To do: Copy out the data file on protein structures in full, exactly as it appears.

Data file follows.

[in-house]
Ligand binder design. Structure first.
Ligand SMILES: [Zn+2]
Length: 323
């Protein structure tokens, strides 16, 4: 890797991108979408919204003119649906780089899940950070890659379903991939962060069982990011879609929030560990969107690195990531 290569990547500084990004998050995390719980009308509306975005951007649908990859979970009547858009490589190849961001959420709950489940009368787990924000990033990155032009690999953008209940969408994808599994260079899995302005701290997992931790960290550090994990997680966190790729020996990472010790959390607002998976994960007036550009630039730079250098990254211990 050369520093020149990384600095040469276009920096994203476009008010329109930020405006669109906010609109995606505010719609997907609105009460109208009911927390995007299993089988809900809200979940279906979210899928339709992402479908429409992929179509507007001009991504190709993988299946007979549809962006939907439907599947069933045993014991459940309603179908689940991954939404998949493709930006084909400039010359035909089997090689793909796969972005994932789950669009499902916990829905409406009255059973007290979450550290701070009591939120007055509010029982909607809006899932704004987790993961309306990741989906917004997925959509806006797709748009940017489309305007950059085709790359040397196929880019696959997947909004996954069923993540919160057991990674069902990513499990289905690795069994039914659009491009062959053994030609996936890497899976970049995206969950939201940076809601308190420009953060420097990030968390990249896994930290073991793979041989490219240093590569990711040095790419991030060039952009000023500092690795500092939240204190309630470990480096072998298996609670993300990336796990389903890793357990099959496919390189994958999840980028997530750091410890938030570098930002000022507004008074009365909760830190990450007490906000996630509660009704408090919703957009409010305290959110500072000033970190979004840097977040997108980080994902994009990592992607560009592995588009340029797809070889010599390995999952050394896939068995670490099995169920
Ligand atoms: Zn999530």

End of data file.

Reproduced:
[in-house]
Ligand binder design. Structure first.
Ligand SMILES: [Zn+2]
Length: 323
């Protein structure tokens, strides 16, 4: 890797991108979408919204003119649906780089899940950070890659379903991939962060069982990011879609929030560990969107690195990531 290569990547500084990004998050995390719980009308509306975005951007649908990859979970009547858009490589190849961001959420709950489940009368787990924000990033990155032009690999953008209940969408994808599994260079899995302005701290997992931790960290550090994990997680966190790729020996990472010790959390607002998976994960007036550009630039730079250098990254211990 050369520093020149990384600095040469276009920096994203476009008010329109930020405006669109906010609109995606505010719609997907609105009460109208009911927390995007299993089988809900809200979940279906979210899928339709992402479908429409992929179509507007001009991504190709993988299946007979549809962006939907439907599947069933045993014991459940309603179908689940991954939404998949493709930006084909400039010359035909089997090689793909796969972005994932789950669009499902916990829905409406009255059973007290979450550290701070009591939120007055509010029982909607809006899932704004987790993961309306990741989906917004997925959509806006797709748009940017489309305007950059085709790359040397196929880019696959997947909004996954069923993540919160057991990674069902990513499990289905690795069994039914659009491009062959053994030609996936890497899976970049995206969950939201940076809601308190420009953060420097990030968390990249896994930290073991793979041989490219240093590569990711040095790419991030060039952009000023500092690795500092939240204190309630470990480096072998298996609670993300990336796990389903890793357990099959496919390189994958999840980028997530750091410890938030570098930002000022507004008074009365909760830190990450007490906000996630509660009704408090919703957009409010305290959110500072000033970190979004840097977040997108980080994902994009990592992607560009592995588009340029797809070889010599390995999952050394896939068995670490099995169920
Ligand atoms: Zn999530």